While attending the CFA Conference in Chicago a couple of weeks ago, I got to listen to one of my favorite financial voices, James Montier of GMO. In a conference heavy on academic presentations, it was refreshing to hear an investing practitioner hold forth. Presenting his white paper, “The Flaws of Finance,” he summed up the state of our business thusly:
This is how finance sees the world:
This is how my 3-year old daughter would see the same equation:
In the wake of the recent JP Morgan debacle it is even clearer that, in too many ways, finance has gotten unnecessarily complicated. From unexplainable derivatives to densely packed academic papers, we continue to try to hedge the un-hedgeable and explain the unexplainable.
Perversely, the complications have served the industry well over time. Many investors seem convinced (so far) that investing is a process so intricate that it is best left to those who trumpet their services most opaquely. And loudly.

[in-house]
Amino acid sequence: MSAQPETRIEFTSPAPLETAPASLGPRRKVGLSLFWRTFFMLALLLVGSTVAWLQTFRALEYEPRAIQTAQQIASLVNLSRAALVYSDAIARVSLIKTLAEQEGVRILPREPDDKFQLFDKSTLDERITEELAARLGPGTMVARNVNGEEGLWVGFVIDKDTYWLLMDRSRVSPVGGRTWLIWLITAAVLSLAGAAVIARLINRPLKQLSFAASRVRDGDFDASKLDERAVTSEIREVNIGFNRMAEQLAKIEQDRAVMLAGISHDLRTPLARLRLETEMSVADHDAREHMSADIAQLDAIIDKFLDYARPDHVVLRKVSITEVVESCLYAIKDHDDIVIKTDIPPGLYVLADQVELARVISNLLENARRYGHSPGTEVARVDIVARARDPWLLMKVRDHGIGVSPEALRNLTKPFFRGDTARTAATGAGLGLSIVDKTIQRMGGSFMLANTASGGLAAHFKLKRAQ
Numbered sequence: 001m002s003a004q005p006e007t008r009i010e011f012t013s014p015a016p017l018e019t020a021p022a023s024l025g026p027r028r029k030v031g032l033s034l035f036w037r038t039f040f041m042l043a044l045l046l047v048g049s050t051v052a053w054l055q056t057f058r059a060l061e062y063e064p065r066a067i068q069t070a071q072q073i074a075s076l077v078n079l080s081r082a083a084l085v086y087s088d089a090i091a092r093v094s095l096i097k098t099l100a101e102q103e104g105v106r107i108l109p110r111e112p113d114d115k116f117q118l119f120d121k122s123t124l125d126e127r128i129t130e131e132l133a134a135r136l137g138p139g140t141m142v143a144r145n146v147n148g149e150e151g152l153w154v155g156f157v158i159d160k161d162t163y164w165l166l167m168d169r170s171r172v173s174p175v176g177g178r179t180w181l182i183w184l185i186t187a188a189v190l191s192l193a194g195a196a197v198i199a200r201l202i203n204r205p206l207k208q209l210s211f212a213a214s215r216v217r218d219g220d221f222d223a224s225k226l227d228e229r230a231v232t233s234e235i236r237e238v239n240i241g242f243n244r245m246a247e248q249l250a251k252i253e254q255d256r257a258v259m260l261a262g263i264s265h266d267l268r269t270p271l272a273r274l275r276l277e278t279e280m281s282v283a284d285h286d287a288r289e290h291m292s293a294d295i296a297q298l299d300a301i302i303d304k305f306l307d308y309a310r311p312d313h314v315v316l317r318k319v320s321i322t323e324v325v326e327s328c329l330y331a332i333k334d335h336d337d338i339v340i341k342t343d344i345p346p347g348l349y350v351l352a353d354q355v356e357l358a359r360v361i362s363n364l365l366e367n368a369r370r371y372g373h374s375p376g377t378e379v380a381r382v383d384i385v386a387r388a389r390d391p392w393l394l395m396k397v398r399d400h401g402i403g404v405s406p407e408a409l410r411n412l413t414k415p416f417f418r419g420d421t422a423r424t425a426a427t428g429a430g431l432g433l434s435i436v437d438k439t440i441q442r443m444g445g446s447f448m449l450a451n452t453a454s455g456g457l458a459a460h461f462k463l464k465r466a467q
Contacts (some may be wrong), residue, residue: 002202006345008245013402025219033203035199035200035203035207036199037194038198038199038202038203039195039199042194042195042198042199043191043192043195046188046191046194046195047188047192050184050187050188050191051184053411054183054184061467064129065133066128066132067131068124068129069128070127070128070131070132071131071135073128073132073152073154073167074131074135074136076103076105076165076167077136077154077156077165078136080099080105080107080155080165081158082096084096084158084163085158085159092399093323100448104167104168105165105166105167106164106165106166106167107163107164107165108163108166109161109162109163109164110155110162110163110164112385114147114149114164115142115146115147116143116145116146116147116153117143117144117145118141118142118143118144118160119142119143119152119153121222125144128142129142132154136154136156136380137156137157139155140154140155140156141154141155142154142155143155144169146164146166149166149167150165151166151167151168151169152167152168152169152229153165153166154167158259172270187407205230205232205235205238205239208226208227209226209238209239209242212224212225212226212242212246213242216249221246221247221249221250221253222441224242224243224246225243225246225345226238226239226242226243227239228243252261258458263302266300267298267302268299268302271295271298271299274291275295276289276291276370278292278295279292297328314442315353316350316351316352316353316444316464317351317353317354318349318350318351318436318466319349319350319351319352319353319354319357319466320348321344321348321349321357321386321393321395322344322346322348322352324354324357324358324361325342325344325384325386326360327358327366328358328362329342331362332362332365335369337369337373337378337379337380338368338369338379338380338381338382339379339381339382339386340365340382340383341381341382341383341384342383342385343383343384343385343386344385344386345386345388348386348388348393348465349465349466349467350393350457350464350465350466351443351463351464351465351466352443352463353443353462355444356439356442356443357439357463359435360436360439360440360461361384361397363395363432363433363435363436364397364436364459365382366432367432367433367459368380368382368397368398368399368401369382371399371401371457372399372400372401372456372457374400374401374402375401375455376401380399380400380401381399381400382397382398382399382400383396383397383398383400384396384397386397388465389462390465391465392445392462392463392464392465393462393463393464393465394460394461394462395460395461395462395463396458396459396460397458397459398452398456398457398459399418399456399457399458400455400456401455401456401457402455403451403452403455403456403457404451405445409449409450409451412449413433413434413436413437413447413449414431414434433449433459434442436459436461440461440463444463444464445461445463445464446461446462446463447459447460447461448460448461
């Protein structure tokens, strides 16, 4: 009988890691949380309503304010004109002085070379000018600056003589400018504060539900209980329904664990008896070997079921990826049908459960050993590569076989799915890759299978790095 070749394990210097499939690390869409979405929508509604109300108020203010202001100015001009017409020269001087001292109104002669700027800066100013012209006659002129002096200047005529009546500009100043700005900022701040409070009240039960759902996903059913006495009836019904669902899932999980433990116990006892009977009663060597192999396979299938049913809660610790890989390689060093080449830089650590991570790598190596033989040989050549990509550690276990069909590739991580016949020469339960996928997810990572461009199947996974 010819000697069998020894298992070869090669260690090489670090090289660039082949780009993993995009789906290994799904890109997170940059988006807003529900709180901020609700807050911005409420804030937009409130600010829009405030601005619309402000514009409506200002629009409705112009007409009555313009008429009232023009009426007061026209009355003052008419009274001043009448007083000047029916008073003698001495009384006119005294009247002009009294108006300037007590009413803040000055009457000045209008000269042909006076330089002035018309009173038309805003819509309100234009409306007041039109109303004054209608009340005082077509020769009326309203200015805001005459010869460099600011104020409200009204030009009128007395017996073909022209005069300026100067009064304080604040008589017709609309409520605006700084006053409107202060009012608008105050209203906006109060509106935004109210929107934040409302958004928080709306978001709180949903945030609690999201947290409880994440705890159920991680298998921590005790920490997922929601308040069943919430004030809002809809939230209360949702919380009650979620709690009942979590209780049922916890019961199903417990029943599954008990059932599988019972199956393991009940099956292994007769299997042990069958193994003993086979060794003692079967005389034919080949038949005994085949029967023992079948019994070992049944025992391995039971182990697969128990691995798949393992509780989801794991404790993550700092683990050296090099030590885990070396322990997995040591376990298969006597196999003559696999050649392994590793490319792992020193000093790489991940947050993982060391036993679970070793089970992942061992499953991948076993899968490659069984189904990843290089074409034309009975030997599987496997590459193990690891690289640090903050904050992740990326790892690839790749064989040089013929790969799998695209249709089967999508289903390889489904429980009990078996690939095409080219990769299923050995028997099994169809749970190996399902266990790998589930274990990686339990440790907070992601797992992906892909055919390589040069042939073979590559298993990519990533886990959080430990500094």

That is not to say investing does not take skill. But it is too often forgotten that investing is sometimes as much art as science. And that risk, no matter how dressed up, is still risk. Modeling is fine, as long as it leaves room for human nature.
There is plenty of room to add value as financial professionals. Being a good steward of people’s hard earned money is a valuable service. But a confusing maze of unnecessary middlemen, combined with manufactured complexity of financial instruments, destroys rather than adds value.
During the CFA Conference, the President and CEO of the CFA Institute, John Rogers, issued a call to action urging all members to take the necessary steps to restore trust in the financial services industry. It was a timely message. Focusing on transparency and actual client needs are effective remedies for an ailing industry. And, best of all, they are not complex in the least.
Jim is Portfolio 21's Chief Investment Officer. He has more than 20 years of experience in socially and environmentally responsible investing.